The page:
One of the great themes of the Bible, recently being rediscovered by biblical scholars, is the importance of the Jewish expectation of a new creation. From a Jewish perspective, God's plan of salvation is not only focused on the salvation of the souls of his people. It also includes the restoration of the cosmos, and the advent of a "new heavens and a new earth" (Is. 64-65). This is directly related to what happens in the Eucharist, in which the bread and wine of this creation are taken up by the priest, offered to God as a perfect offering, and then transformed in the body and blood of the risen Christ, who is "the firstfruits of the resurrection of the dead" (1 Cor. 15).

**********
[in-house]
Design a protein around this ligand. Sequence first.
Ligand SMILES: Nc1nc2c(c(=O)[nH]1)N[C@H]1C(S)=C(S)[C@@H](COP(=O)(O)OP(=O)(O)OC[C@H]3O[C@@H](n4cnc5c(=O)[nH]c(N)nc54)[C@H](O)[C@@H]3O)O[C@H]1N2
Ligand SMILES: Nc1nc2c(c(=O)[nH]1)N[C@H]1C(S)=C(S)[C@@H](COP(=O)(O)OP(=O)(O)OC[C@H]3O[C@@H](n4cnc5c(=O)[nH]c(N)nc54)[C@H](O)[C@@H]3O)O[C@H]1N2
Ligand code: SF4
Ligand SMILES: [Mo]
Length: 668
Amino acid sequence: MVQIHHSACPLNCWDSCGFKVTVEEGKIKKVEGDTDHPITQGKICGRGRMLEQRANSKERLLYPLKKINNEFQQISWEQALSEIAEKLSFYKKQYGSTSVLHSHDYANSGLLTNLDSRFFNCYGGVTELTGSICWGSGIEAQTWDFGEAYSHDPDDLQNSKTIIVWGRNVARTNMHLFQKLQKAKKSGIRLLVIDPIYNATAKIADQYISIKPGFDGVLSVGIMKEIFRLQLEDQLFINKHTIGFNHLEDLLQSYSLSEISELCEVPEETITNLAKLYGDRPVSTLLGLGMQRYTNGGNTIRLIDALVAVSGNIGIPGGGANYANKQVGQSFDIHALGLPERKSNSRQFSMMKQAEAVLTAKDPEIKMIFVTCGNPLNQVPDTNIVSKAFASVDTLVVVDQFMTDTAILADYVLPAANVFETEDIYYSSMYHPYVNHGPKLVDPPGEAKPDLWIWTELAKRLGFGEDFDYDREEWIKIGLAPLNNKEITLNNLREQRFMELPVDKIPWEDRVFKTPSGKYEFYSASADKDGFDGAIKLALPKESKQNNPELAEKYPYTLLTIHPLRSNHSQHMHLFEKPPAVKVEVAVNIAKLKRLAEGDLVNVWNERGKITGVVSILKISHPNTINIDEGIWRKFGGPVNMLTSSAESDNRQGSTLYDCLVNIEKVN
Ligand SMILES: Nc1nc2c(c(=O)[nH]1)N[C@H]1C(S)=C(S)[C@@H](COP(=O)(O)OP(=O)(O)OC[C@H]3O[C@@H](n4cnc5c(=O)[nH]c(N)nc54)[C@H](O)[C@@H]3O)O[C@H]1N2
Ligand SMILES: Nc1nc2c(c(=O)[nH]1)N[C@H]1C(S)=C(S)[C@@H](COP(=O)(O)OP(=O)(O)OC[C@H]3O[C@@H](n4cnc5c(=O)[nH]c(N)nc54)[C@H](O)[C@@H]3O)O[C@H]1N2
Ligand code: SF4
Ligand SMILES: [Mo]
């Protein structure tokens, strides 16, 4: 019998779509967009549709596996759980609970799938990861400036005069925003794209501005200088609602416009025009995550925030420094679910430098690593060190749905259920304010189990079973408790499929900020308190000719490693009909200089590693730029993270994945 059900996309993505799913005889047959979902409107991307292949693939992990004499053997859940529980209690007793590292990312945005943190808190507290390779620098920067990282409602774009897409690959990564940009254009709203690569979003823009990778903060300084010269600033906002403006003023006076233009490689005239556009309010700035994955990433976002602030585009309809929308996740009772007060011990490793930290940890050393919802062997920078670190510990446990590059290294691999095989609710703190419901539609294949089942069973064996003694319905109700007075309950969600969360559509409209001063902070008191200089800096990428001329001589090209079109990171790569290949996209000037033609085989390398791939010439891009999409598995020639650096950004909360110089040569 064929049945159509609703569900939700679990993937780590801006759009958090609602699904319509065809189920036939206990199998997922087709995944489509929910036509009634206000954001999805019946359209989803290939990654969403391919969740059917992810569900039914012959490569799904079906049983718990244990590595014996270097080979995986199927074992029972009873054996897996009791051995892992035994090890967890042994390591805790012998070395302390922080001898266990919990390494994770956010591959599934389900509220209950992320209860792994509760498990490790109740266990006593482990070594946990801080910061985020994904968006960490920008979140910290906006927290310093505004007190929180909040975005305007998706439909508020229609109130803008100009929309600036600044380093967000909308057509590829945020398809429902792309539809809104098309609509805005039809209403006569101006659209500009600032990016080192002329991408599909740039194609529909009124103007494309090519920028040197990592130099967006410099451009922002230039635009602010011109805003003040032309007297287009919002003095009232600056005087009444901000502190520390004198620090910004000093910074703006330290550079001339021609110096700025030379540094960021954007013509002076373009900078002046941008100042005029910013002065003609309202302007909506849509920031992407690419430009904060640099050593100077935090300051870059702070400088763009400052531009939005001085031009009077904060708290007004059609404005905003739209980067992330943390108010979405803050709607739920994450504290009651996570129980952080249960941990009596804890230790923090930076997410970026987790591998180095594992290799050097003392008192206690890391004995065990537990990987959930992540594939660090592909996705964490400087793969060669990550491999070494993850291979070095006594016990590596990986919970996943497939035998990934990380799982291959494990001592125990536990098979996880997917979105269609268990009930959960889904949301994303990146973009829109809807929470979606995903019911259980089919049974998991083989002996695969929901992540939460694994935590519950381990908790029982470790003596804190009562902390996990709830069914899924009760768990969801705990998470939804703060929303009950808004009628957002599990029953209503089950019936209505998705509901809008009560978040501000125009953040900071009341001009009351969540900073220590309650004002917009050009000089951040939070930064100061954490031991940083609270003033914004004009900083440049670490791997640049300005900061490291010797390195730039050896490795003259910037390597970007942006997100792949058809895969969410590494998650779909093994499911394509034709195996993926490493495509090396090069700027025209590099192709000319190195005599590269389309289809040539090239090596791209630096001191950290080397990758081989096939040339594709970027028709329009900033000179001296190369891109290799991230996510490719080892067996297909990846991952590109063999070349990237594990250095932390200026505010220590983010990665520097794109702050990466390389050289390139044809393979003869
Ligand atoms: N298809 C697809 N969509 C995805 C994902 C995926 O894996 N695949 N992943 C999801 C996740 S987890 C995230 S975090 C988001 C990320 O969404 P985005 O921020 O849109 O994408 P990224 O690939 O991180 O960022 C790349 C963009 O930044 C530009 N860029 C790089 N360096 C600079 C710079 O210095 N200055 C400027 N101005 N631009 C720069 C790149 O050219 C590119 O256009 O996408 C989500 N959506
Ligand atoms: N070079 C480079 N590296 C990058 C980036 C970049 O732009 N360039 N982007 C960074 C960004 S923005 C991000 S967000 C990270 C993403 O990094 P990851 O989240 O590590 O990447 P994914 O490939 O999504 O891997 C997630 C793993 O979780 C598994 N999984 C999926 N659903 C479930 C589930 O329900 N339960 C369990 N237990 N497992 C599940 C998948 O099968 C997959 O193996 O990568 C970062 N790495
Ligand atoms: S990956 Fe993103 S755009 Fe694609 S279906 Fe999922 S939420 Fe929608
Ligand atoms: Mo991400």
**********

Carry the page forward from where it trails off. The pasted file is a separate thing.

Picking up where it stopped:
Sometimes Catholics tend to forget that the Eucharist is not just the crucified body of Jesus; it is the crucified and resurrected body of Jesus. In his risen Body, Jesus is no longer bound by space or time; he can appear when he wills, where he wills, under whatever appearances he wills (think Road to Emmaus), because he is the beginning of the new creation. As he says in the book of Revelation: "Behold, I make all things new" (Rev. 21). This 'making new' of all things takes place at every single Mass, with every single host, and every single chalice, and every person who receives them, until Christ becomes "all in all" (1 Cor. 15). It is no wonder that all of the ancient Christian Church Fathers spoke of the Eucharist as the "fruit of the Tree of Life," which Adam and Eve were prohibited from eating, but which we, in the Eucharist receive. Just as with the fruit of the Tree of Life, "whoever eats this bread will live forever" (Jn. 6:51).